John McClain

Thanks for your comment, cookie. Unfortunately, I don’t have any experience with PSE. I don’t think it supports HDR, but I’m sure that there’s ways to make HDR looking photos, like what’s being done here.

You might want to pose your question to Answers to see if someone knows how: http://www.makeuseof.com/answers/

cookie

THANKS :)

Guest

Does anyone know of a 1 click app or web app that will fake an HDR? Maybe a couple sliders to control intensity and such.

John McClain

I haven’t seen one yet.

John McClain

Thanks for your comment, cookie. Unfortunately, I don’t have any experience with PSE. I don’t think it supports HDR, but I’m sure that there’s ways to make HDR looking photos, like what’s being done here.

You might want to pose your question to Answers to see if someone knows how: http://www.makeuseof.com/answe

Logo Design

it isn’t working properly.:s

John McClain

Thanks for your comment. Which step isn’t working?

Creddy

Matiamsat83

Jajja, Thanks! this site rules, congratulations for all your works!, greetings! =)

tp and the wigwams

That first example is pretty shocking – I’m no expert or even an advanced novice but with my untrained eye I can see that example is pretty lame. You still have a white sky even though the tips of the trees are burnt out – looks like you’ve done a bad lasso.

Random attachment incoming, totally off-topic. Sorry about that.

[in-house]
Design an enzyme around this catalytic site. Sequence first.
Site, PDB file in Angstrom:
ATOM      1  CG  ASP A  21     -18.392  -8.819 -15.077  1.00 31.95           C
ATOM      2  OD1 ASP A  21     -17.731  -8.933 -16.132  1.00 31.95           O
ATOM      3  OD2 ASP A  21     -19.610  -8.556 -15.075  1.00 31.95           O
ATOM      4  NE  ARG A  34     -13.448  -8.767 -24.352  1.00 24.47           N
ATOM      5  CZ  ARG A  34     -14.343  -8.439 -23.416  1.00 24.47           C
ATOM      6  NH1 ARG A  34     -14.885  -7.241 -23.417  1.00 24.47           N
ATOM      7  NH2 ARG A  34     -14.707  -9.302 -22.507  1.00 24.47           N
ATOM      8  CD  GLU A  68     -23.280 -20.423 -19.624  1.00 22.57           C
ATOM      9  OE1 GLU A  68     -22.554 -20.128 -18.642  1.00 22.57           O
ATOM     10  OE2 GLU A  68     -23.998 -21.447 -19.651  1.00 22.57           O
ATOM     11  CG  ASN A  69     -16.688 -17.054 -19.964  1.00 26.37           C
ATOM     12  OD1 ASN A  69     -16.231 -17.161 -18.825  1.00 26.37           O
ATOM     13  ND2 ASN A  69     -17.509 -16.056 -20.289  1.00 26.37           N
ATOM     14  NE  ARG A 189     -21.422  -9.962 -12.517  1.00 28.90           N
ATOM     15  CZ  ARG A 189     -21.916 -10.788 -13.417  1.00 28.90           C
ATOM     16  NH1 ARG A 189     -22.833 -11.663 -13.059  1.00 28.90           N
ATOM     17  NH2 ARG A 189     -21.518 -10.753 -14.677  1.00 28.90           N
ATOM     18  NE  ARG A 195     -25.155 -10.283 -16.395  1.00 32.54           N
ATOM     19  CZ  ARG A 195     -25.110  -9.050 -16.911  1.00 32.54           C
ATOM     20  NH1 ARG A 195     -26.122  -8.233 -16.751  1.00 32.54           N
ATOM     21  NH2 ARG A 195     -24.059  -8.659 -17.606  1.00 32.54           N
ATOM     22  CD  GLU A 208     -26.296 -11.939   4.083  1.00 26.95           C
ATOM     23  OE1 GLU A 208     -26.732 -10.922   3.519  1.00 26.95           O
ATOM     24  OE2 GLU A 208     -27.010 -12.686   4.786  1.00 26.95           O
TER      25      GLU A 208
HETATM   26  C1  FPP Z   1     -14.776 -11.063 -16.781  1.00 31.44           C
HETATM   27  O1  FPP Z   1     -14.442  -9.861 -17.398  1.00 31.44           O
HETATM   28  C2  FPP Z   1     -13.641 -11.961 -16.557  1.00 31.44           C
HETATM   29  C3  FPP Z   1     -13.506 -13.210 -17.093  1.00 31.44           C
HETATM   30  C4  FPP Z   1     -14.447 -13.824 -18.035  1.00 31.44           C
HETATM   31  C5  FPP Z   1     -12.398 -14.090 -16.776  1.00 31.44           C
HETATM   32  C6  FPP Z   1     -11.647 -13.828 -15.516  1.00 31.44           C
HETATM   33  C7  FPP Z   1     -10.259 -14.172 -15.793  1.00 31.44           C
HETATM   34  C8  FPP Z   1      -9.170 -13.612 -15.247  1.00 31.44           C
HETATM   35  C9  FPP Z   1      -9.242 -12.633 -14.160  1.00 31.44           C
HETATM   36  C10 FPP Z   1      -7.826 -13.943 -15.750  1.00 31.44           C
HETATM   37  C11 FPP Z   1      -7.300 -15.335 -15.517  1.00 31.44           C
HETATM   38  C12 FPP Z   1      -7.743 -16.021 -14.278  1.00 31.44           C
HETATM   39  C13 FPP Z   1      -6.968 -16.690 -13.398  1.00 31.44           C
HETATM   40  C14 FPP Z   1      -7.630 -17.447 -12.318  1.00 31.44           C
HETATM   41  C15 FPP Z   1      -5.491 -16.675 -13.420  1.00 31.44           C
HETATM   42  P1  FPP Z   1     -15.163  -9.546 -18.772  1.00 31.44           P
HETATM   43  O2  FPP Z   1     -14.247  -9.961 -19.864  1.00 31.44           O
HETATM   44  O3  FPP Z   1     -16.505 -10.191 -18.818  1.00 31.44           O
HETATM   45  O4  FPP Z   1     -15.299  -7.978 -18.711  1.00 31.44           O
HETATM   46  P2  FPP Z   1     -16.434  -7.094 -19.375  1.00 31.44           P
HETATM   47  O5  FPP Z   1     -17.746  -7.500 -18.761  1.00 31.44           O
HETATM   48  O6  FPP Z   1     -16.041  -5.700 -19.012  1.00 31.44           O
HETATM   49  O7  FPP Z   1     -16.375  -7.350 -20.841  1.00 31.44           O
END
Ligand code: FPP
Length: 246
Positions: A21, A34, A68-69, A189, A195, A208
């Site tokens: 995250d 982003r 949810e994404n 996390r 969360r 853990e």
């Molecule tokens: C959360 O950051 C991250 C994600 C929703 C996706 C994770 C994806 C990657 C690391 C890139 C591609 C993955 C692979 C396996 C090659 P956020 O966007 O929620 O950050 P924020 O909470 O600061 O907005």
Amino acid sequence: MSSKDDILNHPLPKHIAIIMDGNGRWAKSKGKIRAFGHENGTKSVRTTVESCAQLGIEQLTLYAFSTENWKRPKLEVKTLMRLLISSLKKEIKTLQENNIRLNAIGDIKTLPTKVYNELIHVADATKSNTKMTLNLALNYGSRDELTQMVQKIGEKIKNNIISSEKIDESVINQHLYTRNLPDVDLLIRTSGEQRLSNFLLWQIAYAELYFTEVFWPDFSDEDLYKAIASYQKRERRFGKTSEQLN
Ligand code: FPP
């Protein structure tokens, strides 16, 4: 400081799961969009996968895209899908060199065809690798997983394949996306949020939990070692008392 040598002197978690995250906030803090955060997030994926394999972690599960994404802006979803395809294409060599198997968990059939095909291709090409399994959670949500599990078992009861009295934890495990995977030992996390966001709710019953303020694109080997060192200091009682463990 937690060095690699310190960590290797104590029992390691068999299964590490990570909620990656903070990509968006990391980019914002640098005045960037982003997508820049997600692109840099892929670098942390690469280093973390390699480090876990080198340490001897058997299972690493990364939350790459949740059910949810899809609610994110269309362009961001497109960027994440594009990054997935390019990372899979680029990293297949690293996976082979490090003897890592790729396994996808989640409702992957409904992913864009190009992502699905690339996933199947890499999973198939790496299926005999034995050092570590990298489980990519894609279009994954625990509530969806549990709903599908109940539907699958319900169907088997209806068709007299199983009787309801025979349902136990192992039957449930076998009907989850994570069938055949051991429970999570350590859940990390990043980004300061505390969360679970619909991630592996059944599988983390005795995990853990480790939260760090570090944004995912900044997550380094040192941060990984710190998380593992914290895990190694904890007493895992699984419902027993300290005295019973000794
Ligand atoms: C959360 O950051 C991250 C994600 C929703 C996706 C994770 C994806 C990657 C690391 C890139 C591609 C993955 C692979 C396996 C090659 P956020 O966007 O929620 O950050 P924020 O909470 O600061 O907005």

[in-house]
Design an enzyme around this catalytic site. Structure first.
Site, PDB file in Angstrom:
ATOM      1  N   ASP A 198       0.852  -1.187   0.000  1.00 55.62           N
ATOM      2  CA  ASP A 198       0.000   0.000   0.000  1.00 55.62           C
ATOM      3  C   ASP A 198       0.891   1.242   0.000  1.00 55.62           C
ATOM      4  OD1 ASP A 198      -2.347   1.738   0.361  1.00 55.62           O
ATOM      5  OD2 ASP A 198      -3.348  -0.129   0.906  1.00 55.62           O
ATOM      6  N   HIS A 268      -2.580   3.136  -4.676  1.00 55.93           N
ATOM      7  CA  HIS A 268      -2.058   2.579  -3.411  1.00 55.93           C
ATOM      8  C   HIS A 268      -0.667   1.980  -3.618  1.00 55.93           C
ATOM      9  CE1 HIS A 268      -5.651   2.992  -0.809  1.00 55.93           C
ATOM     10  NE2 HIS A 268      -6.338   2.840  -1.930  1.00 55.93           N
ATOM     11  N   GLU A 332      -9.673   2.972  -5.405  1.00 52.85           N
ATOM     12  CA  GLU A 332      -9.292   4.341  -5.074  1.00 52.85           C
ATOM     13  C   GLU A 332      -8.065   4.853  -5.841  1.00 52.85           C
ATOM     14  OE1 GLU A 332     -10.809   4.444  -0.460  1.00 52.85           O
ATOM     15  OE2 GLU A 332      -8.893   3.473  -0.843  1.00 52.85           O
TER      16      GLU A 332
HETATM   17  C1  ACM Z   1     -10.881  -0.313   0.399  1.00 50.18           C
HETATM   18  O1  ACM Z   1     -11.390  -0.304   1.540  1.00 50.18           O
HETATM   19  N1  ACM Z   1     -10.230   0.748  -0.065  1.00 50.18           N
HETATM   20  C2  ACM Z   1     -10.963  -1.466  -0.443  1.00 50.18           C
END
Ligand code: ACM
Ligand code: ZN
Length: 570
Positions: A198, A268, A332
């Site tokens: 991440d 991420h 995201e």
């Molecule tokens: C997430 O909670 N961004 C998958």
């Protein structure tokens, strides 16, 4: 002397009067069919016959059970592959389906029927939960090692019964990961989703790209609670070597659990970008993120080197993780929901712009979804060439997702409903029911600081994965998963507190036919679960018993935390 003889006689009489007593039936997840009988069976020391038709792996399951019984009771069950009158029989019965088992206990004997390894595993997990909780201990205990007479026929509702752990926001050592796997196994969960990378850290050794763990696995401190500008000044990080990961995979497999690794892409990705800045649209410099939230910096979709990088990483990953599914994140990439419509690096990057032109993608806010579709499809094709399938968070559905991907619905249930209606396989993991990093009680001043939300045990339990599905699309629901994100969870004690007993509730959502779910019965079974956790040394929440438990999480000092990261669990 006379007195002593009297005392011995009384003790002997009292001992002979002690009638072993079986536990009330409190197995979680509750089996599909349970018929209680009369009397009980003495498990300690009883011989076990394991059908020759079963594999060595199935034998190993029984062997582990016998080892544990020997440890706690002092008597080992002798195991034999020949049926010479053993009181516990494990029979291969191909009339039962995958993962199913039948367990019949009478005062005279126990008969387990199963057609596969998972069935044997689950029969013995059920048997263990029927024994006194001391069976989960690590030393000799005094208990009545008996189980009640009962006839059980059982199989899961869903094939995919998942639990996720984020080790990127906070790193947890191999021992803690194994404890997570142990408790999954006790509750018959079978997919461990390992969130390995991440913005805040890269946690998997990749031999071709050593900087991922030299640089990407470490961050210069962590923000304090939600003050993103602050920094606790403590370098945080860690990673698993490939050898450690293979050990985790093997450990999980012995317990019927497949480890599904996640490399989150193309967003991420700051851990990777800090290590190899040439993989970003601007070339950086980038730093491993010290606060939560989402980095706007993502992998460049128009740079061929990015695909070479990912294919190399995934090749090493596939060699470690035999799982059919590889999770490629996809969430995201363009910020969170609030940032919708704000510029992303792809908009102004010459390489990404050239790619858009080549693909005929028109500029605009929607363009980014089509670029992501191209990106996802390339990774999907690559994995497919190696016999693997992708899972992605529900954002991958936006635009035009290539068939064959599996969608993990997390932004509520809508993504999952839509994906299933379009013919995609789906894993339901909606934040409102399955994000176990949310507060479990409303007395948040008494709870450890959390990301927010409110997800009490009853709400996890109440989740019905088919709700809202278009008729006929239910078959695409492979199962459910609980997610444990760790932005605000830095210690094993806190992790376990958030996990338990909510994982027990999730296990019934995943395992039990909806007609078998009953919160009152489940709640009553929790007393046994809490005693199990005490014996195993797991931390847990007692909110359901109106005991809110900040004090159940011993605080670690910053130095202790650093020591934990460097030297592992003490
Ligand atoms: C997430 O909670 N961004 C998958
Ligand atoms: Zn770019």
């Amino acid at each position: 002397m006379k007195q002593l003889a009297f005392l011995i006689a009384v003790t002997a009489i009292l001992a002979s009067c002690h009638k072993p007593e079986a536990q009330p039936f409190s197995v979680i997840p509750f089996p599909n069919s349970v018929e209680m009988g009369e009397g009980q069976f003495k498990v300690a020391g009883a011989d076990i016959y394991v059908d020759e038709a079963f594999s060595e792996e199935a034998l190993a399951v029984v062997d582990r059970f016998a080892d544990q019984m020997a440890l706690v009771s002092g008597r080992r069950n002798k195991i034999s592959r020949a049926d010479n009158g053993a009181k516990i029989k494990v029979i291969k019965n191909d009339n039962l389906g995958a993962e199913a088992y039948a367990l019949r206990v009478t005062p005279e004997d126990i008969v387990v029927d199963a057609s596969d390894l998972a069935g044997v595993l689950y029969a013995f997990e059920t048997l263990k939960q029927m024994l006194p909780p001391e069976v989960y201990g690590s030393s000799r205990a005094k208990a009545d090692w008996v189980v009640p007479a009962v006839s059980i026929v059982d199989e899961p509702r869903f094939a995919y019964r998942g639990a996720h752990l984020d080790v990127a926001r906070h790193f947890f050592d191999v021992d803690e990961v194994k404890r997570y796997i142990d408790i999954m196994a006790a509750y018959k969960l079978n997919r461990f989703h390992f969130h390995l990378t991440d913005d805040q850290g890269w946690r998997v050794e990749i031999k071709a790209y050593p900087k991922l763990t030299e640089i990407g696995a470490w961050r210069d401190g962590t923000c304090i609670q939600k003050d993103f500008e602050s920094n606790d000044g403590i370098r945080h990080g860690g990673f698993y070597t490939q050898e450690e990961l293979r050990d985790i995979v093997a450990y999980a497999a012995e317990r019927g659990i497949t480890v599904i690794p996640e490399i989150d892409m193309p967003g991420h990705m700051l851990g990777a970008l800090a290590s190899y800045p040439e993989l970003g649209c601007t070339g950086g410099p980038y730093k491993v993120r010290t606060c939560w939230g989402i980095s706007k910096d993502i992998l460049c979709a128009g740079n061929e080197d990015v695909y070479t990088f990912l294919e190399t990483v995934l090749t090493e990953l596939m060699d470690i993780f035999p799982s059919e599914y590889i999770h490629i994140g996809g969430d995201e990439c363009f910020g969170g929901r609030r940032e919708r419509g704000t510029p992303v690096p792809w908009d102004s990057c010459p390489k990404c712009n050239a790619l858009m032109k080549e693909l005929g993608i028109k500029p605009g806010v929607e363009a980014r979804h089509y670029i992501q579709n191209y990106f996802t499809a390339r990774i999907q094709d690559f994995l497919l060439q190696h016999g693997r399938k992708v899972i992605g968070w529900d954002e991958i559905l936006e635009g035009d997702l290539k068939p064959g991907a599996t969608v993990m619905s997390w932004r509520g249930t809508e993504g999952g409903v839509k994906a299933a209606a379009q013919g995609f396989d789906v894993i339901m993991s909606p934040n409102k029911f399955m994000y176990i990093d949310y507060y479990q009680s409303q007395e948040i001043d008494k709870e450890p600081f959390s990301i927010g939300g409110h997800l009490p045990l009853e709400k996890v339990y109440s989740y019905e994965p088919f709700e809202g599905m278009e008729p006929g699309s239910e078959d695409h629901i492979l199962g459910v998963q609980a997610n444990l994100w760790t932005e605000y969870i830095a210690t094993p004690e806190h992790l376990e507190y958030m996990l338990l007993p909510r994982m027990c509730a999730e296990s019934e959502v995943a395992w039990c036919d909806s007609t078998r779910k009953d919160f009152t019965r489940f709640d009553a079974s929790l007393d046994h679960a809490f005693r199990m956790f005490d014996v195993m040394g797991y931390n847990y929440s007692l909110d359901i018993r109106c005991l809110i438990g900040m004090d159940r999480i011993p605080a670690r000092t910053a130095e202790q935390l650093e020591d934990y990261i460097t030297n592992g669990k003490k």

The image has lost the depth it started off with – looks 2D and flat now.
You’ve sharpened up the look of the water so it’s lost the sense of movement it started with.
The colours are too vivid and garish – the trees now look silly and bright. These gave the image depth before, now the only contrast in the image is in the cracks of the rocks – this gives the image an odd scale that makes no sense.
Hats off to you though – it was a boring image to begin with so you set yourself a big challenge to make it look good.

John McClain

Thanks for your comment!

Yeah, the tips of the trees are burnt out because of the Gaussian Blur setting. Adjusting the radius would help. Also, I think I doubled the Overlay layer on that particular image, so that’s intensifying the effect a bit more.

John McClain

Thanks for your comment!

Yeah, the tips of the trees are burnt out because of the Gaussian Blur setting. Adjusting the radius would help. Also, I think I doubled the Overlay layer on that particular image, so that’s intensifying the effect a bit more.

Limo in baltimore

a perfect solution for faking ppl.:)

Limo in baltimore

a perfect solution for faking ppl.:)

Creddy

In Photoshop Elements 8 File, you can use the built in PhotoMerge function to combine 2 or more photos to align and create an HDR photo – go to New PhotoMerge Exposure:
http://help.adobe.com/en_US/PhotoshopElements/8.0/Win/Using/WS27E228DC-54FB-468c-A497-8D86FCB2161B.html

Enjoy!

Creddy

In Photoshop Elements 8 File, you can use the built in PhotoMerge function to combine 2 or more photos to align and create an HDR photo – go to New PhotoMerge Exposure:
http://help.adobe.com/en_US/Ph

Enjoy!